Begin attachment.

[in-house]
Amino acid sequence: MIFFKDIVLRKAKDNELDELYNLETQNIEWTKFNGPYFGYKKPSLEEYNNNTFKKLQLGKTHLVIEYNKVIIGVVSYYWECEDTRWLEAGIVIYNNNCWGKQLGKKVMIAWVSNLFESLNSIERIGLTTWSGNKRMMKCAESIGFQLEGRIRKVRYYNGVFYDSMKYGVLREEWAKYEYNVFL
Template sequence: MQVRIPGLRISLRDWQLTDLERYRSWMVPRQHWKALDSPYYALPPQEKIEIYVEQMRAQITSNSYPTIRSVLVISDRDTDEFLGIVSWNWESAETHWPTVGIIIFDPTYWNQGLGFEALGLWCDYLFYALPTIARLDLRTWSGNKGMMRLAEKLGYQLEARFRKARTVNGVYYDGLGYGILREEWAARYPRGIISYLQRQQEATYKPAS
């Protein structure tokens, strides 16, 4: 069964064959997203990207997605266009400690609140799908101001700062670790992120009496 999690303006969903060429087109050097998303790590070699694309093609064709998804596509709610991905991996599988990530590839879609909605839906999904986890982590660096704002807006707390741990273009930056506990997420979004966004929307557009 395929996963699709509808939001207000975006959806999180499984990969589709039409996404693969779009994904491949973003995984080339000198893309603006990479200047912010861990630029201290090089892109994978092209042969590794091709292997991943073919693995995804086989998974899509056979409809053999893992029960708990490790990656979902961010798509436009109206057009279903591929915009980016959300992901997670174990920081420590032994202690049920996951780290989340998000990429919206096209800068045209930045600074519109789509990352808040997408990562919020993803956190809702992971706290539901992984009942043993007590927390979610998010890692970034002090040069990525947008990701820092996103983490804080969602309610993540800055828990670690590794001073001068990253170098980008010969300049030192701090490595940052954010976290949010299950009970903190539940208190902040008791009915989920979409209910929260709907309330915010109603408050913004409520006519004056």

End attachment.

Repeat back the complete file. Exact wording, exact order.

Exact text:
[in-house]
Amino acid sequence: MIFFKDIVLRKAKDNELDELYNLETQNIEWTKFNGPYFGYKKPSLEEYNNNTFKKLQLGKTHLVIEYNKVIIGVVSYYWECEDTRWLEAGIVIYNNNCWGKQLGKKVMIAWVSNLFESLNSIERIGLTTWSGNKRMMKCAESIGFQLEGRIRKVRYYNGVFYDSMKYGVLREEWAKYEYNVFL
Template sequence: MQVRIPGLRISLRDWQLTDLERYRSWMVPRQHWKALDSPYYALPPQEKIEIYVEQMRAQITSNSYPTIRSVLVISDRDTDEFLGIVSWNWESAETHWPTVGIIIFDPTYWNQGLGFEALGLWCDYLFYALPTIARLDLRTWSGNKGMMRLAEKLGYQLEARFRKARTVNGVYYDGLGYGILREEWAARYPRGIISYLQRQQEATYKPAS
């Protein structure tokens, strides 16, 4: 069964064959997203990207997605266009400690609140799908101001700062670790992120009496 999690303006969903060429087109050097998303790590070699694309093609064709998804596509709610991905991996599988990530590839879609909605839906999904986890982590660096704002807006707390741990273009930056506990997420979004966004929307557009 395929996963699709509808939001207000975006959806999180499984990969589709039409996404693969779009994904491949973003995984080339000198893309603006990479200047912010861990630029201290090089892109994978092209042969590794091709292997991943073919693995995804086989998974899509056979409809053999893992029960708990490790990656979902961010798509436009109206057009279903591929915009980016959300992901997670174990920081420590032994202690049920996951780290989340998000990429919206096209800068045209930045600074519109789509990352808040997408990562919020993803956190809702992971706290539901992984009942043993007590927390979610998010890692970034002090040069990525947008990701820092996103983490804080969602309610993540800055828990670690590794001073001068990253170098980008010969300049030192701090490595940052954010976290949010299950009970903190539940208190902040008791009915989920979409209910929260709907309330915010109603408050913004409520006519004056």